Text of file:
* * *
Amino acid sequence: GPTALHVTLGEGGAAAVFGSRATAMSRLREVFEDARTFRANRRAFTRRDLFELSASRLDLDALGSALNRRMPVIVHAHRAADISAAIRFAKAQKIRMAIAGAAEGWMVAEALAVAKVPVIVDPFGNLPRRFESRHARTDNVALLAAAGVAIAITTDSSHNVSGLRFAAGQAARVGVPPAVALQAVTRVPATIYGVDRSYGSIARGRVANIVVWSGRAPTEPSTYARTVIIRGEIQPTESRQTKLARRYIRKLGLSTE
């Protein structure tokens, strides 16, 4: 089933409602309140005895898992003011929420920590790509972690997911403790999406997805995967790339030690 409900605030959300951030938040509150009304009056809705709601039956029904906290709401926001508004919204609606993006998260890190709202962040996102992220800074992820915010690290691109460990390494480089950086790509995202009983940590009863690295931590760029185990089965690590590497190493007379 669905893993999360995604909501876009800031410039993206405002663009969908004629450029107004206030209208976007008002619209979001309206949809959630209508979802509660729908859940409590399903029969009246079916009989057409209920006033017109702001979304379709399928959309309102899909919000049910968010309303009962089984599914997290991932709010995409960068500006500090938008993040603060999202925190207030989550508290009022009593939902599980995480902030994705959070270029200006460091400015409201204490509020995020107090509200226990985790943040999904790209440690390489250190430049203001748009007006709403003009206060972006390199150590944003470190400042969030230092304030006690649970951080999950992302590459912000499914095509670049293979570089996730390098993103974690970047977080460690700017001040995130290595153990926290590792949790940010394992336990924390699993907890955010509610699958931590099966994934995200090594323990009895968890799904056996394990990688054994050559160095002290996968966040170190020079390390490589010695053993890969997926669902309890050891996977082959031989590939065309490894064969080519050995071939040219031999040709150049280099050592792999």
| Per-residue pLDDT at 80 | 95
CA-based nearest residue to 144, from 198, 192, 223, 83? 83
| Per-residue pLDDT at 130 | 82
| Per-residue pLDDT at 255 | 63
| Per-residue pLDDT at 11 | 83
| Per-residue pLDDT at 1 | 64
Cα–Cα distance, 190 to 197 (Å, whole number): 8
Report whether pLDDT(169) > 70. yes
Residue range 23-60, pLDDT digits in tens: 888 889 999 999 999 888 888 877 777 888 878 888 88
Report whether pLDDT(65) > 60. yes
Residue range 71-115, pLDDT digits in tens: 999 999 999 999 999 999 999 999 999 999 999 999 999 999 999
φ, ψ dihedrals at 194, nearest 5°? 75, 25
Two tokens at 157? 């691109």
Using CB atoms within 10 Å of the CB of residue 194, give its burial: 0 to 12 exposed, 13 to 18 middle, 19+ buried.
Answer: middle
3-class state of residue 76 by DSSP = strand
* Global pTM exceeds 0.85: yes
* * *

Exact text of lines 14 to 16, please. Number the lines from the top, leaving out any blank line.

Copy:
φ, ψ dihedrals at 194, nearest 5°? 75, 25
Two tokens at 157? 């691109």
Using CB atoms within 10 Å of the CB of residue 194, give its burial: 0 to 12 exposed, 13 to 18 middle, 19+ buried.